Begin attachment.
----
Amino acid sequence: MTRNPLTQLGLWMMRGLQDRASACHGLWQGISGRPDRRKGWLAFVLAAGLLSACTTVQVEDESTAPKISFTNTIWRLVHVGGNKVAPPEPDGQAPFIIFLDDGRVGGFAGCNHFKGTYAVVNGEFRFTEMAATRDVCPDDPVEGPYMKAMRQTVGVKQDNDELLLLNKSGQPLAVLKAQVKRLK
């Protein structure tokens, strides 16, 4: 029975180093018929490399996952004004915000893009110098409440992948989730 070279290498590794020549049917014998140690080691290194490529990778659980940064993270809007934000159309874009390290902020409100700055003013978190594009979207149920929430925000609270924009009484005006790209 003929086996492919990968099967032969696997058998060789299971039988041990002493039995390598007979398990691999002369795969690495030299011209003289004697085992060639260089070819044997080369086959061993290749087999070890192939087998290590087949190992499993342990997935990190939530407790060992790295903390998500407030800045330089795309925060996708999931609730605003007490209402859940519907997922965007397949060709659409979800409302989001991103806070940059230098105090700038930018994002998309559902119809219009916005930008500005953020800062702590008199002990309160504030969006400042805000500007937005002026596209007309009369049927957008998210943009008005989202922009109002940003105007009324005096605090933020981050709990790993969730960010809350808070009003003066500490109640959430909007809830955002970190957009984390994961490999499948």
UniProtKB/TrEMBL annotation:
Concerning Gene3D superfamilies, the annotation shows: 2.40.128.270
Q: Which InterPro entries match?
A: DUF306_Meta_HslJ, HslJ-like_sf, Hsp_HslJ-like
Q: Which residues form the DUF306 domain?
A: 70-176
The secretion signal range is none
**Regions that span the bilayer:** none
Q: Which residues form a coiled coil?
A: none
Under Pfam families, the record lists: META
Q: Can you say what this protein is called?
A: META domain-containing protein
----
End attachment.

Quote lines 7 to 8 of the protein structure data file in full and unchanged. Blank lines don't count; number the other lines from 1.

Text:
Q: Which residues form the DUF306 domain?
A: 70-176